Remember, everyone works differently, so ask the individual what works best, to ensure you get the most out of them.

5. Training services

In order to ensure that any employees struggling with dyslexia continue to flourish, then ongoing support is usually recommended. The British Dyslexic Association and the Helen Arkell Dyslexia Centre offer a range of services to ensure that the right support and advice is given to both business leaders and the individual.

Why not speak to your HR team to find out what budget is available for additional training services? If you’re the one in charge of setting the budget, then ensure you set aside enough to invest in resources to help aid people with dyslexia.

6. Assistive technology

There are a number of technological devices that can make work life easier for those with dyslexia. For example, speech recognition software allows speech to be converted into text, and vice versa – cutting out the task of reading and writing which can often take much longer for a dyslexic employee.

7. Raise awareness

Symptoms associated with dyslexia can seem like a hindrance at work, however, if harnessed correctly they can be extremely beneficial to any business.

Why not run a dyslexia awareness course for all staff, using a qualified and experienced dyslexia specialist who has experience training in the work environment? This will help to clarify any misconceptions about dyslexia and help to make all employees feel comfortable in dealing with it.

8. Alternative workspace

Loud and busy environments can make it hard for dyslexic workers to concentrate, so to help them, it can be beneficial to offer alternative work environments.

For example, allowing these employees to use a meeting room, to help them focus when they really need to. If this is not possible, then providing headphones or earplugs can be a useful alternative.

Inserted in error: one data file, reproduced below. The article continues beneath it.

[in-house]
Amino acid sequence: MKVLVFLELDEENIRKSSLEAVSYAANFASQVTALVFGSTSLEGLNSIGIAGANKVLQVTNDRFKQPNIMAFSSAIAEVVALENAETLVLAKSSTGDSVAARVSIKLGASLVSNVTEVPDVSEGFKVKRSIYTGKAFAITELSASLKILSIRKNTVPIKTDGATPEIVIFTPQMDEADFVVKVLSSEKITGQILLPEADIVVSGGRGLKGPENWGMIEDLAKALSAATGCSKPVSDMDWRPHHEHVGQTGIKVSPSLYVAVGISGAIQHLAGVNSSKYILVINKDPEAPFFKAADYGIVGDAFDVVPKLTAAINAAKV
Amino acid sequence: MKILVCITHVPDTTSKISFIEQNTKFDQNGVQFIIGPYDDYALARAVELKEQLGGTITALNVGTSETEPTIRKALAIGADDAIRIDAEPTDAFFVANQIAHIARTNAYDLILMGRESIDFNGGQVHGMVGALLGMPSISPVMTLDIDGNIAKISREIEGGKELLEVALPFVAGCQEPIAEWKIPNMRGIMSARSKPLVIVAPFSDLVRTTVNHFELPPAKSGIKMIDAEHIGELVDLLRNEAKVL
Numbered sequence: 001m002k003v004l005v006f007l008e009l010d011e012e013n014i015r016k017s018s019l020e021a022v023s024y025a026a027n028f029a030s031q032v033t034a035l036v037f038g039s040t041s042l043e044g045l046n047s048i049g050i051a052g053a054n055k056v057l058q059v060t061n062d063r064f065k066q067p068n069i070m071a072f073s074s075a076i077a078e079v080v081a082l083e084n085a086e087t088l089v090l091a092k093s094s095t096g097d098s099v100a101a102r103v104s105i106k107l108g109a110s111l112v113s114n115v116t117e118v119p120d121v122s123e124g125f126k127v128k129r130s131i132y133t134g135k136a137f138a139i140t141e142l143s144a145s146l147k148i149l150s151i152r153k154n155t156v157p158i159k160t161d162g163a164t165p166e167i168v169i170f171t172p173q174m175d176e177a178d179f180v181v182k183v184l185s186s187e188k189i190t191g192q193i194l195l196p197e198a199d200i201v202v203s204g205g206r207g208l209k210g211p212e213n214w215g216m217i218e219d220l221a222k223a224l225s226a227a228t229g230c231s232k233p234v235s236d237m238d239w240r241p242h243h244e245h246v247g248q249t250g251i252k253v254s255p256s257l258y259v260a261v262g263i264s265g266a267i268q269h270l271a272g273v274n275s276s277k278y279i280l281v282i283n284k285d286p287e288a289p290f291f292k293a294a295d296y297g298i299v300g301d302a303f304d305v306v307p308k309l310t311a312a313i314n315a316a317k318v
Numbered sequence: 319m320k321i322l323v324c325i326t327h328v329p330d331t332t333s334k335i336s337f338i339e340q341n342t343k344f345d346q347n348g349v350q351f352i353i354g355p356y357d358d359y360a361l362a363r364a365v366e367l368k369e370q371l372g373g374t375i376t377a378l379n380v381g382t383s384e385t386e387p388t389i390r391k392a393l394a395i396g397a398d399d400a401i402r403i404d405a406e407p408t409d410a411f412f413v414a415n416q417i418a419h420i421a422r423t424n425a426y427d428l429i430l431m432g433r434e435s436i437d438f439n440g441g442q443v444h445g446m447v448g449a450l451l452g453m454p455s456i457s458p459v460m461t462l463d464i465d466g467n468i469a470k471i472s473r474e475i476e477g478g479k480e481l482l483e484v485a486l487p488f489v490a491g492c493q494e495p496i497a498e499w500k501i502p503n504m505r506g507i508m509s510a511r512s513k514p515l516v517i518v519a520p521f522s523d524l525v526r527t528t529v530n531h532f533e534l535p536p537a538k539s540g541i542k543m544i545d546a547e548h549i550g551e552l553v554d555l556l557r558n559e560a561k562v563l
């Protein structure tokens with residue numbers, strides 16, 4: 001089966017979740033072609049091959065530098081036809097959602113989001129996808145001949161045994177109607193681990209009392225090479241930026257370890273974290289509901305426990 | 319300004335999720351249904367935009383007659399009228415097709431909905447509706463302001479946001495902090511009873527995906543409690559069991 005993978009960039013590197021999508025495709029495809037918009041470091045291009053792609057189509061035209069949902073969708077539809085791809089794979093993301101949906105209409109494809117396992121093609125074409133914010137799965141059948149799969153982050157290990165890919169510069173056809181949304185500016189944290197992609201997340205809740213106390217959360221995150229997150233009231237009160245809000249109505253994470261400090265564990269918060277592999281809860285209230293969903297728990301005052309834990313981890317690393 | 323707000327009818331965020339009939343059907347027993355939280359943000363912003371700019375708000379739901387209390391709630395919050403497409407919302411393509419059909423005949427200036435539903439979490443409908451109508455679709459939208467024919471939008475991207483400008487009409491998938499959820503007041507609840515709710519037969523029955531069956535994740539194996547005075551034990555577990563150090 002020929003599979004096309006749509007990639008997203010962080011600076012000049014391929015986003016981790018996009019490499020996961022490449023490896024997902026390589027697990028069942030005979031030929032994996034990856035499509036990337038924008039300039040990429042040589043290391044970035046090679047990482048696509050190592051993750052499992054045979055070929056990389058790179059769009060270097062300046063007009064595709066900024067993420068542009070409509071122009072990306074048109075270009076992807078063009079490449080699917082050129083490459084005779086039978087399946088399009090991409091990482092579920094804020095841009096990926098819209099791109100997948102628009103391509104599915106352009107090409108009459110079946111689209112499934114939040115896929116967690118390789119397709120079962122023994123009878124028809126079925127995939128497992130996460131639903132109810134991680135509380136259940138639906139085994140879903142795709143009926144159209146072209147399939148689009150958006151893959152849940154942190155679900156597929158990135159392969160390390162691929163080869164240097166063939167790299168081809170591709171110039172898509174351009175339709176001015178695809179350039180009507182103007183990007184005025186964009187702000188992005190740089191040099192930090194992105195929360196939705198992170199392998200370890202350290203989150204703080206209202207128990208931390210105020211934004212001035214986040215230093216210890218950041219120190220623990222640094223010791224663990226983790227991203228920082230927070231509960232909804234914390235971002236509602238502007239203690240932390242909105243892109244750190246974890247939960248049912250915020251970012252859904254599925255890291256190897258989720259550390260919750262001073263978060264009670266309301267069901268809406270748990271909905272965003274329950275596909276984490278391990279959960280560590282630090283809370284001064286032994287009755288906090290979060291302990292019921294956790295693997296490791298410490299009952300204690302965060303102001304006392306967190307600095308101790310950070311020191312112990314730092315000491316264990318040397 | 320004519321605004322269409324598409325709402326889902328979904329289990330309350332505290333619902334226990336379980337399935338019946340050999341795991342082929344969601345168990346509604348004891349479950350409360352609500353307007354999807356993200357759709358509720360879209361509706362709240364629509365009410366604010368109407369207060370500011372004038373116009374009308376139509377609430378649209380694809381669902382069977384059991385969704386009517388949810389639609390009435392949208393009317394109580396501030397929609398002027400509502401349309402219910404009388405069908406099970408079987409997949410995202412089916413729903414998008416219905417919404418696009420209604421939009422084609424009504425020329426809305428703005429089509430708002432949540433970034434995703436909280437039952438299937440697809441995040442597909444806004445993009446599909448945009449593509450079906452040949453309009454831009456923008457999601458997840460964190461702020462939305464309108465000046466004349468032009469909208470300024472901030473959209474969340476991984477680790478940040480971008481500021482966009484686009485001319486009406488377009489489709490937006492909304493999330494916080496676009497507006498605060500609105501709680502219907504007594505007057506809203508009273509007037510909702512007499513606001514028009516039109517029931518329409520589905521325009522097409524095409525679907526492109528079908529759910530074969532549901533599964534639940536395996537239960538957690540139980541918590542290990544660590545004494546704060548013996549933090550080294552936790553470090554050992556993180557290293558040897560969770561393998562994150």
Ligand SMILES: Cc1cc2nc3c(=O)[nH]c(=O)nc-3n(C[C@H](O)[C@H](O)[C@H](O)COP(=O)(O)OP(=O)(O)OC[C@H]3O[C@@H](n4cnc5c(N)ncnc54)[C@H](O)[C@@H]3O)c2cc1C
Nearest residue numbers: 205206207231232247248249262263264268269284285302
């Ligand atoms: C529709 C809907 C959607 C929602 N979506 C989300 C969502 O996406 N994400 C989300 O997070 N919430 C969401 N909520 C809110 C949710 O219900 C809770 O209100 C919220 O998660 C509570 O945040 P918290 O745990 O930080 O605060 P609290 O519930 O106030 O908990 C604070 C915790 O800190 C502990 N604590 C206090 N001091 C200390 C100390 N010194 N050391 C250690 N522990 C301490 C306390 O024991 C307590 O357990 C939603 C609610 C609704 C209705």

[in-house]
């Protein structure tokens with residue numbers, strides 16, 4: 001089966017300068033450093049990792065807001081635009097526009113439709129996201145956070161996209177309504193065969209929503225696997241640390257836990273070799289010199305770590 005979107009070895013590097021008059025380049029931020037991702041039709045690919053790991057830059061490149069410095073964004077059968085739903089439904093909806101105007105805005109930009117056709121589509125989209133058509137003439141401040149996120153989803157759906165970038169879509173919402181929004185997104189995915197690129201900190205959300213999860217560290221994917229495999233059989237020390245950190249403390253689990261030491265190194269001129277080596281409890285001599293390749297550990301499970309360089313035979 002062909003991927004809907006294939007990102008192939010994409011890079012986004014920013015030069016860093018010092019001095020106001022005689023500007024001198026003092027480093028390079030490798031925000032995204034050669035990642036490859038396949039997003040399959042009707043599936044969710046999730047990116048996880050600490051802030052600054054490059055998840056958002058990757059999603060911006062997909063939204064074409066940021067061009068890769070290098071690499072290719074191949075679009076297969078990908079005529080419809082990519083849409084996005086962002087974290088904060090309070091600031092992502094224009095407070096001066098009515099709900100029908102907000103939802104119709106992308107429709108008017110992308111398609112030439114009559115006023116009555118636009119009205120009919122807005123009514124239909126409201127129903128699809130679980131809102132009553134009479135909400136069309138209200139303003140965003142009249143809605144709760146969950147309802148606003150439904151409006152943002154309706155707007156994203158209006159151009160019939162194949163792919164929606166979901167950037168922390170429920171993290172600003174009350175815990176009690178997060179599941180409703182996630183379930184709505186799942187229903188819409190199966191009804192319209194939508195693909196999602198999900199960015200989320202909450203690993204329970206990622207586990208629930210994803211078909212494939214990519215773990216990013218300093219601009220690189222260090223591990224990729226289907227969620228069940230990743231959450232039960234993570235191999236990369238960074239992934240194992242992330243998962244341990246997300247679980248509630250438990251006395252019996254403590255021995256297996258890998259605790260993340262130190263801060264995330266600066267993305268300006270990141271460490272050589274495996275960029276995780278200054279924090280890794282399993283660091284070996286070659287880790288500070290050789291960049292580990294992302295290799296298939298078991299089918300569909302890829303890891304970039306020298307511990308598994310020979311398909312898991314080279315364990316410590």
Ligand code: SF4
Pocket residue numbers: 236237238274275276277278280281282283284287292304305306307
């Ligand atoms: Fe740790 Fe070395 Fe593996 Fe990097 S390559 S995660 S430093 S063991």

9. Encourage the use of calendars and alarms

Dyslexics can benefit from seeing things more visually, so using calendars and alarms can help to track time in a more visual way. In turn, this will help employees stay on schedule, and help them to plan their day and week.

Also, the use of diary invites and desk calendars, can be used to remind them of important deadlines.

10. Specialist stationery

Finally, traditional stationery is not always suitable for dyslexics. For example, black text on white paper can be problematic as the whiteness can be dazzling and make it harder to read. So, paper of softer tones like yellow or pink may be preferable. As well as thicker pens, like gel pens which allow a team member to better understand their writing.

Next steps

Organisations need to accept that everyone works differently and must look to adapt to individual needs – because those with dyslexia will range in their abilities. It’s important that business leaders create an unrestricted and honest environment to allow their employees to talk freely about dyslexia and other learning difficulties.

You may need a test and learn approach, but by creating an environment where this is acceptable, you’re much more likely to get the most out of all your employees, including those who suffer with dyslexia.  Remember, employees are better able to perform and be more productive when they have the correct support.

About Laura Little

Laura from CABA

I am an experienced learning and development professional with a background in psychology supported by a Degree and Masters in Psychology. I have over 10 years’ experience of production and delivery of training courses to a range of different client groups. I have previously worked with young offenders, delivering both group work and one to one work, as well as training staff in the development of resilience and the complex nature of human behaviour.